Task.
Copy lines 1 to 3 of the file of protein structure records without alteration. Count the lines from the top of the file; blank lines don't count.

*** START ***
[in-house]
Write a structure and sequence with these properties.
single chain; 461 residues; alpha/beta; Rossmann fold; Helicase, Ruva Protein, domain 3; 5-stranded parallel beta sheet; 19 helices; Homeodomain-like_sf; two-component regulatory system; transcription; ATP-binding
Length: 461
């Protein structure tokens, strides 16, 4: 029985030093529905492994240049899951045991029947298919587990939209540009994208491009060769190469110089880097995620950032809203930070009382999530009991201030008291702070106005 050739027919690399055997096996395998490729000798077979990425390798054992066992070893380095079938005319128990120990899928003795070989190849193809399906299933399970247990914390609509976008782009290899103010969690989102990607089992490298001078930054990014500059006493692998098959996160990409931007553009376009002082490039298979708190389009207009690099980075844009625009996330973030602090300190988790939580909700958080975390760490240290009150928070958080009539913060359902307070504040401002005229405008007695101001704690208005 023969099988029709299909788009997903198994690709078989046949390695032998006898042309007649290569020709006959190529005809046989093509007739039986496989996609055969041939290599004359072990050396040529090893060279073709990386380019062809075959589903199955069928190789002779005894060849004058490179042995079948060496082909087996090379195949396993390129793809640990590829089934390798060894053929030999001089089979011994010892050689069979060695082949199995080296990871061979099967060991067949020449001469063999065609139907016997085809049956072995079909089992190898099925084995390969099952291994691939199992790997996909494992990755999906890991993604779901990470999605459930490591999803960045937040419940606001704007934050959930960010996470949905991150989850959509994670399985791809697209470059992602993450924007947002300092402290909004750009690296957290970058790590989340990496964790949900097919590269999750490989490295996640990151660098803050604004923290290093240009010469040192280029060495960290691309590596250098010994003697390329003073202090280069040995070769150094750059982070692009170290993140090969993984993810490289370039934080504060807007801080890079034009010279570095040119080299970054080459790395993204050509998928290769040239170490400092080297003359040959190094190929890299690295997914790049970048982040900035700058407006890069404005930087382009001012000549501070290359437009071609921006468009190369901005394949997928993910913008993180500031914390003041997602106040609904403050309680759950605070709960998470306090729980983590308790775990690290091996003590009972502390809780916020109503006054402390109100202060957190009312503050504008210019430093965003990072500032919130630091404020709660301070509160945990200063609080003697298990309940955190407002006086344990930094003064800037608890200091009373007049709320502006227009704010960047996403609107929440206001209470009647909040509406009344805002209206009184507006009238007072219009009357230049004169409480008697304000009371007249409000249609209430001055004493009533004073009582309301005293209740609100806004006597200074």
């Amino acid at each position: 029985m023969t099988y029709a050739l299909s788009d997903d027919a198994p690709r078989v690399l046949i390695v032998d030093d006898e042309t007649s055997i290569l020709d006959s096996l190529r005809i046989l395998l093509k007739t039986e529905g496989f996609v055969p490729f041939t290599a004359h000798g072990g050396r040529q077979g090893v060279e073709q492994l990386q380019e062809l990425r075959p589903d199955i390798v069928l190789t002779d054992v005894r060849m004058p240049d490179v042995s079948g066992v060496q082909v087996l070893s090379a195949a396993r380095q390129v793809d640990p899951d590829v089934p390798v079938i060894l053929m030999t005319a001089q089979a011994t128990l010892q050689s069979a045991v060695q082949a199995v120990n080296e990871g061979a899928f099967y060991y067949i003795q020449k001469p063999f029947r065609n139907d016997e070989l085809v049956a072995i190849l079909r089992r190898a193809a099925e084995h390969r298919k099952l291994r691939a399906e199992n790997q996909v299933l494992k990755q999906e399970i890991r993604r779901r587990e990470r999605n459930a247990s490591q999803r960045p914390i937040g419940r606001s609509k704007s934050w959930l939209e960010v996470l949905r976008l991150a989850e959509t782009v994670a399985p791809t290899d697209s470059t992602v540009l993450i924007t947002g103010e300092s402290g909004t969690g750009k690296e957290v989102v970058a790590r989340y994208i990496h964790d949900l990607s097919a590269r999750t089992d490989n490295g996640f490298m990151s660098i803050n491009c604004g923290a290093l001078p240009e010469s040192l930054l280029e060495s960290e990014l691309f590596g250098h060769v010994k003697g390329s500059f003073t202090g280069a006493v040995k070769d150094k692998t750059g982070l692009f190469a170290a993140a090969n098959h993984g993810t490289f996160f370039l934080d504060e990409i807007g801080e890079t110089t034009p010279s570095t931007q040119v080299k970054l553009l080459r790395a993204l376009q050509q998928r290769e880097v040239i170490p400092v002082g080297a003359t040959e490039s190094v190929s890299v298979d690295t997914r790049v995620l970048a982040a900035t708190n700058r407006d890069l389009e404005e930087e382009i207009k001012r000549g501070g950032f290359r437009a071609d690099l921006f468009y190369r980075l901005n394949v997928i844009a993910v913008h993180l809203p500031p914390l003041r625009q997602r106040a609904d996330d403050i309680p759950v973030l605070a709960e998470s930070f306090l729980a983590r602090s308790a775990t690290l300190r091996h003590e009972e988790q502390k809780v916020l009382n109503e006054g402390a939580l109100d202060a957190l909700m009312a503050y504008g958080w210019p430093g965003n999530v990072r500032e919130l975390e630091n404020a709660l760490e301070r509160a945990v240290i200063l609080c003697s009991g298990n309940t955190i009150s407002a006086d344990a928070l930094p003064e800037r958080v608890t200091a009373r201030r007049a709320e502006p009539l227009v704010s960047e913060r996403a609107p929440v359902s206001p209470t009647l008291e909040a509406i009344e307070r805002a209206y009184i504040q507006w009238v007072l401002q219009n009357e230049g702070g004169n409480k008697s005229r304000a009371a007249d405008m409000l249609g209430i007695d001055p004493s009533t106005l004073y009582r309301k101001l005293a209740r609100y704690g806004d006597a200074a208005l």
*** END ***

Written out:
[in-house]
Write a structure and sequence with these properties.
single chain; 461 residues; alpha/beta; Rossmann fold; Helicase, Ruva Protein, domain 3; 5-stranded parallel beta sheet; 19 helices; Homeodomain-like_sf; two-component regulatory system; transcription; ATP-binding